Acrimony (2)Tyler Perry is something of an odd figure in most critical circles. He’s most certainly an auteur at this point in his career, with directing credits for 20 films in a span of just over 10 years (most being adaptations of stage plays he wrote), a lucrative media empire to his name, and a defined thematic througline to his work, which concerns the black experience in contemporary society. Yet Perry’s films are constantly trashed for promoting negative stereotypes (especially certain characters in the Madea films) and for a general histrionic affect that might just be more suited for the stage than the big screen. Acrimony though, in many ways, feels like Perry pushing back against his harshest critics: Scorned woman Melinda Gayle (Taraji P. Henson), screwed over by society at large, divorces her husband Robert (Lyriq Bent) — who then magically transforms from degenerate bum to stand-up millionaire in the span of a couple of days — and decides to get revenge for the wrongs done to her. Acrimony is aiming for something in the Sirkian tradition of melodrama, but it just isn’t subversive enough to be a scathing critique of the ways in which black women are forced to put up with their significant others’ mistakes. Robert makes such a dramatic turn-around into sainthood, even going as far as paying Melinda 10 million dollars for the time she spent with him, that it’s difficult for the audience to really root against him anymore. Which is maybe the point: We, the spectators, are automatically taking the man’s side. But this feels like a cop-out considering how much deck-stacking Perry does to make Melinda unbearably deranged by the end of the film. If anything, Acrimony ultimately carries a strongly Christian subtext about keeping faith in your husband, even when things are looking bleak — a bizarrely muddled message for this material. The film confirms a lot of Perry’s supposed weaknesses as a screenwriter and a director; take any scene where green-screen is sloppily employed, and you’ll see why the multi-million dollar man should stick with cheap theatrics. PA


There’s only one viable reason that Johannes Roberts‘  The Strangers: Prey at Night could possibly exist, and it’s that horror films are cheap to make and easy to market. Here is a thriller so generic, so perfunctory, so uninterested in anything beyond the simple mechanics of creating a movie with a beginning, middle, and end that it almost becomes Brechtian; an abstract experiment in anti-movie making and an endeavor so perfunctory as to be almost a deconstruction of genre. All the pieces are there: actors saying words and hitting their marks, lighting that illuminates scenes, and a camera to capture these things so that they are technically visible to a potential human viewer. If this were being projected on a wall in a gallery we would be discussing it as a piece of modernist art commenting on industrialization or a comment on post-authorship or something; instead, it kind of proves Haneke’s Funny Games correct, which is a crime in its own right. At one point, one of the generic victims asks one of the generic killers why they are doing this. “Why not?” replies the generic killer. Truly, we are meant to gasp at the cold indifference of the universe, quake at the sheer existential malaise that arises from staring into this particular moral abyss. But it raises other questions, like, ‘Why not go outside and get some fresh air?’ or ‘Why not read a book?’ DG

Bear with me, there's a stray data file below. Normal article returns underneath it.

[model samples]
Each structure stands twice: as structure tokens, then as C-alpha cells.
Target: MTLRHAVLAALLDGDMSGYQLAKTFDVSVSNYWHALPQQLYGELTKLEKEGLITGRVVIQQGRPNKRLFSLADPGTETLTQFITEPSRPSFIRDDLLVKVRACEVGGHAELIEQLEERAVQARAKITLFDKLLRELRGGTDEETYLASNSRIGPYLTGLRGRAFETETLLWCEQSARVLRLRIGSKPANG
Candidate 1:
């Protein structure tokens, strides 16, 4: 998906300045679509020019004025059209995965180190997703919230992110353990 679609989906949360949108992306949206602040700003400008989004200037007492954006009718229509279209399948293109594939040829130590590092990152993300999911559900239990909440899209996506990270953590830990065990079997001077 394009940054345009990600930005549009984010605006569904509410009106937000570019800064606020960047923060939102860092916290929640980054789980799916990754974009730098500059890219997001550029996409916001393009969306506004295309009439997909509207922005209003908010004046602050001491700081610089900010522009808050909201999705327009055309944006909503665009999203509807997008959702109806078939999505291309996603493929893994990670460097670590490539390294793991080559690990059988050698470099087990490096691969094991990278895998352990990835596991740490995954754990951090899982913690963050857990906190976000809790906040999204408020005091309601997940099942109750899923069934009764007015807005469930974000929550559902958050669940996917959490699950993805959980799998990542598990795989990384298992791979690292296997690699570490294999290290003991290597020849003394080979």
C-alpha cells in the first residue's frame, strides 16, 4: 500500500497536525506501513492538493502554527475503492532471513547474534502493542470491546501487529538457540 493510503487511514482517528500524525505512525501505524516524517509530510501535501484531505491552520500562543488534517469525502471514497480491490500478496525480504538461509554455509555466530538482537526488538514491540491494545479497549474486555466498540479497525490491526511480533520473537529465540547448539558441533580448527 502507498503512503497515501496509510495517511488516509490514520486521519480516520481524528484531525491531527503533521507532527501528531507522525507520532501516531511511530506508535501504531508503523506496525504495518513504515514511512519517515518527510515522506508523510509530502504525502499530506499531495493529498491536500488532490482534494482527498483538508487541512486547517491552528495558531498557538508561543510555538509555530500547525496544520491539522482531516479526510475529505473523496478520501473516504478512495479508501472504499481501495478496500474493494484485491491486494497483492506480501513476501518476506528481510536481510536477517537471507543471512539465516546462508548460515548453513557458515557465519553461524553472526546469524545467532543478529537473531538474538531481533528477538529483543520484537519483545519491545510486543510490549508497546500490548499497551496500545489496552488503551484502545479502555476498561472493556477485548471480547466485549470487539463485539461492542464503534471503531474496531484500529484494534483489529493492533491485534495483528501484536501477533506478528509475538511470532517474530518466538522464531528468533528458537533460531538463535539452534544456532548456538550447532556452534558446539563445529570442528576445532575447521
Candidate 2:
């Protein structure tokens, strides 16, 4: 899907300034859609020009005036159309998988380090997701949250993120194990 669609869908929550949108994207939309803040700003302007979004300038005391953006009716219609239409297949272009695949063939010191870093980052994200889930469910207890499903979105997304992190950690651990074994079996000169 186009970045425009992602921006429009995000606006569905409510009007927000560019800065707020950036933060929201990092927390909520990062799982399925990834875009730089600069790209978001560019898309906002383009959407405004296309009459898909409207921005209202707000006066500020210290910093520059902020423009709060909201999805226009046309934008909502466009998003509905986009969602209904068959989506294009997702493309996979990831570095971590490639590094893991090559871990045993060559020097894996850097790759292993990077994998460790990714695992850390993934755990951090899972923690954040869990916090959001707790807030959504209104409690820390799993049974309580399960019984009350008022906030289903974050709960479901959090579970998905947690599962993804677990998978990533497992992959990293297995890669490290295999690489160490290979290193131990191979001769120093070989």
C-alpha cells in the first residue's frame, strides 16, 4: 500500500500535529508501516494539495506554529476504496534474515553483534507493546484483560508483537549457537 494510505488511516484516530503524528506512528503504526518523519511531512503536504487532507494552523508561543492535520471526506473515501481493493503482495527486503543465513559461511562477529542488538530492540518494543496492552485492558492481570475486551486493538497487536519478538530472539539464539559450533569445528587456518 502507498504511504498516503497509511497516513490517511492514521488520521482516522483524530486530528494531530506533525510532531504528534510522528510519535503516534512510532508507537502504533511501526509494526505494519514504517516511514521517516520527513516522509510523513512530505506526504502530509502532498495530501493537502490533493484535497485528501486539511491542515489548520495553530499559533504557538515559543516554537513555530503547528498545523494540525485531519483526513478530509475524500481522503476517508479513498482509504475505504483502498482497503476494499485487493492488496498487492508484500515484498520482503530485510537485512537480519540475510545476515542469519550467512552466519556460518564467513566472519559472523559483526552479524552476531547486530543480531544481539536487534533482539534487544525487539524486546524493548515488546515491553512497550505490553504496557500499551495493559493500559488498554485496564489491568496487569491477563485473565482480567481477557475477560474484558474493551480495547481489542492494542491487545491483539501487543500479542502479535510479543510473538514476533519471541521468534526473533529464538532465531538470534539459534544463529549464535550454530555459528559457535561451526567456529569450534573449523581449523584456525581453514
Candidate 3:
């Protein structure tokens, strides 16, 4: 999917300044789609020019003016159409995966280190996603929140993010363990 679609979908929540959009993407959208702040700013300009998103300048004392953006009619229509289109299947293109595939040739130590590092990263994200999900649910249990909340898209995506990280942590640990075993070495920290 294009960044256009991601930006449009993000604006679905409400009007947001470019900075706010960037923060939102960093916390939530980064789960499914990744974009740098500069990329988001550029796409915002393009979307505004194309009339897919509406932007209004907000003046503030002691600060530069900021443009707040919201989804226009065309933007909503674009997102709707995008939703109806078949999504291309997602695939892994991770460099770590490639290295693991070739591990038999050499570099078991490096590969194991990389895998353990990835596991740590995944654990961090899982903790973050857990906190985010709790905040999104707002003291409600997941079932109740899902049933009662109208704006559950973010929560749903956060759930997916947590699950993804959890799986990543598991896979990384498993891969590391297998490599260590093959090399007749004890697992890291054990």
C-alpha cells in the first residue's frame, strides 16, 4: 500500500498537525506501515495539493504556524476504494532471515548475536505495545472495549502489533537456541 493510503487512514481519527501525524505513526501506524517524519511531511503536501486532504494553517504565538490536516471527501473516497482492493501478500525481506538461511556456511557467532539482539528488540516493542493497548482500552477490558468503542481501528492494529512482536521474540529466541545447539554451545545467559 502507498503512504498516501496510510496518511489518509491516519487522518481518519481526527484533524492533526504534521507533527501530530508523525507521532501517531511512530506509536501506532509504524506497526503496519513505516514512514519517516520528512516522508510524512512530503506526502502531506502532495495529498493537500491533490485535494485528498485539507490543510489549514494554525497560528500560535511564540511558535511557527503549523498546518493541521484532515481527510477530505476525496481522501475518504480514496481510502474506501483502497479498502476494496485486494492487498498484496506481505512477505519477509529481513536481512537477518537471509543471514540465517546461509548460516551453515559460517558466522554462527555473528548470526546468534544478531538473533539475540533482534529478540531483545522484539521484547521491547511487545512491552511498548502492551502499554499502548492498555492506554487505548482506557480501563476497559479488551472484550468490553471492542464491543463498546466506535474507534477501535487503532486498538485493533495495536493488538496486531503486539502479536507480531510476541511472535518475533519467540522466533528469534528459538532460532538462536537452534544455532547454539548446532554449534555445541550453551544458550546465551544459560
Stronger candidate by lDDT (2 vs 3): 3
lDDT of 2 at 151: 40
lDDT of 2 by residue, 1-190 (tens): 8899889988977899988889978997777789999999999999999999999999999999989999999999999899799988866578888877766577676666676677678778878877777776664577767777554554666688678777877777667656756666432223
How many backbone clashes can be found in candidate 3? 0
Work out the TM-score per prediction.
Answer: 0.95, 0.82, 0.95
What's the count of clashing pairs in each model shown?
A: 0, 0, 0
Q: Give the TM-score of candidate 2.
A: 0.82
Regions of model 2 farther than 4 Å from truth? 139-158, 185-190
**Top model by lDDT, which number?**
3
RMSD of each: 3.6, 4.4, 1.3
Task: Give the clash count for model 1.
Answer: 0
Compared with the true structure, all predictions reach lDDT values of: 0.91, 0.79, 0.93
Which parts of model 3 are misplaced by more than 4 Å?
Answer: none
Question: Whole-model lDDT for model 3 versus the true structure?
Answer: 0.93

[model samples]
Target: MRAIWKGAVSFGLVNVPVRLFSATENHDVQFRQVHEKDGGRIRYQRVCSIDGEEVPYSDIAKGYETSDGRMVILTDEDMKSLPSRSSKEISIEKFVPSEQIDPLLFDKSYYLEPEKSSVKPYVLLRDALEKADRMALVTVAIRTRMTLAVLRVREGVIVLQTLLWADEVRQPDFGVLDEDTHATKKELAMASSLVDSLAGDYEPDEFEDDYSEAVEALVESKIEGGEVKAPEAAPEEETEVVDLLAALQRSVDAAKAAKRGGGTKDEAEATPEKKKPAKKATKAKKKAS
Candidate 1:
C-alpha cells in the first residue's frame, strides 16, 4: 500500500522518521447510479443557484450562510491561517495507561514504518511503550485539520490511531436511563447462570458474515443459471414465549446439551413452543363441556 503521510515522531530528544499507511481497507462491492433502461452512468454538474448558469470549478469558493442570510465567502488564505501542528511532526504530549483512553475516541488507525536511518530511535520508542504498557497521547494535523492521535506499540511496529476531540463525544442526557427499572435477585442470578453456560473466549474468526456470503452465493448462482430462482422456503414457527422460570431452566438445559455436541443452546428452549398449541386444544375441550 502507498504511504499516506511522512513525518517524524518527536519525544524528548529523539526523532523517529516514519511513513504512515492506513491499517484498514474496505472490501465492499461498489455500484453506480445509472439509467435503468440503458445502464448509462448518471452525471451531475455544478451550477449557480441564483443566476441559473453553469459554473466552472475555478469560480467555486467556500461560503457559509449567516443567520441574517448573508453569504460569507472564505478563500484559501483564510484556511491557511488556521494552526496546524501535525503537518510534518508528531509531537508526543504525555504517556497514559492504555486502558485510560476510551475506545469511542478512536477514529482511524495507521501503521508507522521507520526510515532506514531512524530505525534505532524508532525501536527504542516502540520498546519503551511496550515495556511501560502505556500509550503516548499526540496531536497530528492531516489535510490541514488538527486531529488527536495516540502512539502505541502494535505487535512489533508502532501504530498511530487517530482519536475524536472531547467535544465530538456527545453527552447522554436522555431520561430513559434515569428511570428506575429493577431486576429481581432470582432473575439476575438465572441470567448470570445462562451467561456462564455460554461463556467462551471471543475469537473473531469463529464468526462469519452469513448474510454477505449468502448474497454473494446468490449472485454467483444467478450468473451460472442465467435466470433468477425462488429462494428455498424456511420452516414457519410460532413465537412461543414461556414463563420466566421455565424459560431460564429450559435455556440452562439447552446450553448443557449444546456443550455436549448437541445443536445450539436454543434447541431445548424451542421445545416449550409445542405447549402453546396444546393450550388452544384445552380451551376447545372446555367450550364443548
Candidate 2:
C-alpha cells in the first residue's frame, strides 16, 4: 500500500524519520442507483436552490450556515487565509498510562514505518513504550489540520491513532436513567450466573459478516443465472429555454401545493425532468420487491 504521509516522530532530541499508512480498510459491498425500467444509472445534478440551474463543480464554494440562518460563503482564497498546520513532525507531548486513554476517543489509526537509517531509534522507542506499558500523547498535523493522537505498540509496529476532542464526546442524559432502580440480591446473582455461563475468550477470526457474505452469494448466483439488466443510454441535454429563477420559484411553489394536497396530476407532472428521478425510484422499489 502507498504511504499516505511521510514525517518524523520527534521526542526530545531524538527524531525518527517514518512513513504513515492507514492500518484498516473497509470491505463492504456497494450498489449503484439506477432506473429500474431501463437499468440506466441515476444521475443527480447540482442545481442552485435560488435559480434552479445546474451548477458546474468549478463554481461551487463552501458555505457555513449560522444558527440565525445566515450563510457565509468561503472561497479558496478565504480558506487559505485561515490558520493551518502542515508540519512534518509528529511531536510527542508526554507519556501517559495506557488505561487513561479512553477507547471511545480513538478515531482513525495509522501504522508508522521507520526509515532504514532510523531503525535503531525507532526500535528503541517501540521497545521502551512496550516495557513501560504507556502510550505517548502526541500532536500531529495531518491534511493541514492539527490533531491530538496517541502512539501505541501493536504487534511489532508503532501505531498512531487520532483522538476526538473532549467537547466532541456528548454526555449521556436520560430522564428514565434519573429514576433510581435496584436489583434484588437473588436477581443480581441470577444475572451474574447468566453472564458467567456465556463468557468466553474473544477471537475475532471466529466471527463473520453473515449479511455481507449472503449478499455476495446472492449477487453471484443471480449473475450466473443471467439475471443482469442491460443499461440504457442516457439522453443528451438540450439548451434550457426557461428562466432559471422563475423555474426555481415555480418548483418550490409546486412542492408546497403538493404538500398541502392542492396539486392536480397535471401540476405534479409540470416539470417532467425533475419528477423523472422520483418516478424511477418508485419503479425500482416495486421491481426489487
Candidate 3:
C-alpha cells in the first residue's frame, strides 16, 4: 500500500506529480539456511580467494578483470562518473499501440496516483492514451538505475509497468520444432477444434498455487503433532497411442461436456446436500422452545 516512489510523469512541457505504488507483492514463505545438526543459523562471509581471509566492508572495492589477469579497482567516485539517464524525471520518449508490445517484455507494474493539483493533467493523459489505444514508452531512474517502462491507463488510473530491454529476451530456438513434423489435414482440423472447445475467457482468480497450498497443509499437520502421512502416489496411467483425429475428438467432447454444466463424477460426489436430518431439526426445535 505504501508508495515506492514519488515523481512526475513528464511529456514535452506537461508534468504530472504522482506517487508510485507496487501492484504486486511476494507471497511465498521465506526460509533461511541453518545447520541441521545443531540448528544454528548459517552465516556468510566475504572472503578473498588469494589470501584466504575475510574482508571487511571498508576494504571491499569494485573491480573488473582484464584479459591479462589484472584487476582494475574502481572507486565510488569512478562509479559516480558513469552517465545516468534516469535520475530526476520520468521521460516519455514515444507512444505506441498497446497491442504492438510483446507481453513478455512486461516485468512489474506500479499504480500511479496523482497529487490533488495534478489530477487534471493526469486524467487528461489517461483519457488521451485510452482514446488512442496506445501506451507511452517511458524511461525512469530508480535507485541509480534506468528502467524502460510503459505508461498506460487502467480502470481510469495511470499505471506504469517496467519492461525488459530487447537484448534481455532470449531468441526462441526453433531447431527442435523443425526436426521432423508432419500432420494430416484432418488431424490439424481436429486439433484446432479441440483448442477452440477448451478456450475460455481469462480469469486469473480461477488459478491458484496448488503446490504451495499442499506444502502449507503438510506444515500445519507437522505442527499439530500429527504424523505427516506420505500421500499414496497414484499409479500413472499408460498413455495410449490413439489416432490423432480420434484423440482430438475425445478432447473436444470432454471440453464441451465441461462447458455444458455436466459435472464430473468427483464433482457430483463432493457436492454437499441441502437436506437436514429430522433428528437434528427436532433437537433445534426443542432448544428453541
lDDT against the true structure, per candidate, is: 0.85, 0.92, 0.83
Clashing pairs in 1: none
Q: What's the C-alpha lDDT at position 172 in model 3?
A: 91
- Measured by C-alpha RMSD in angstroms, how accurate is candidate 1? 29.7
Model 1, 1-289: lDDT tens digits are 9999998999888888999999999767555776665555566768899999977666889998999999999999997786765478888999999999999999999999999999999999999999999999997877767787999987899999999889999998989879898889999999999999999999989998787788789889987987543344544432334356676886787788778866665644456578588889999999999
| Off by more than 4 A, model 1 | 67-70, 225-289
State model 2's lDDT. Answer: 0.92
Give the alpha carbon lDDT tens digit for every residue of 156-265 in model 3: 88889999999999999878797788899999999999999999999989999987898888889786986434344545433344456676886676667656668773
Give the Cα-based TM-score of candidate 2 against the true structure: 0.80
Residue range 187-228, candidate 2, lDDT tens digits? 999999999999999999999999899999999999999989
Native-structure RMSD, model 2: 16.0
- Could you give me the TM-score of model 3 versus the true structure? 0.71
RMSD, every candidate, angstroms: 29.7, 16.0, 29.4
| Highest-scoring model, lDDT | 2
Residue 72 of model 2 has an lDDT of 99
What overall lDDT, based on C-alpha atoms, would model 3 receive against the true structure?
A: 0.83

Screen-Shot-2018-03-09-at-8.05.47-AM (2)Director Rob Cohen attempts to do for hurricanes what he did for street racing with The Fast and The Furious, with decidedly mixed results. I’m not going to sit here and try to pretend that Cohen is some unheralded auteur, but he has a knack for kinetic action scenes and fun, elaborate set pieces. He’s done good work with practical effects in films like Daylight and The Fast and the Furious, and he even managed some compelling moments in the (otherwise awful) Stealth and The Mummy: Tomb of the Dragon Emperor. Unfortunately, Hurricane Heist leans a little too heavy on CGI weather (at one point the hurricane cloud morphs into a skull) and the opening scene, meant to provide tragic backstory for our two main characters, is a direct rip-off of Twister. (Someone must have assumed that kids these days would have never heard of or seen a 20-year-old blockbuster.) Of course there’s also the requisite piss-poor acting that comes with this kind of obviously derivative endeavor. And yet — and yet — for fans of a certain kind of DTV-style action flick, Hurricane Heist still has its modest charms. Kudos to the scene where people use the hurricane’s gale force winds to turn hub caps into deadly projectiles, and as well a nicely choreographed chase at the end between three 18-wheelers trying to outrun each other and the aforementioned hurricane while stealing cargo. DG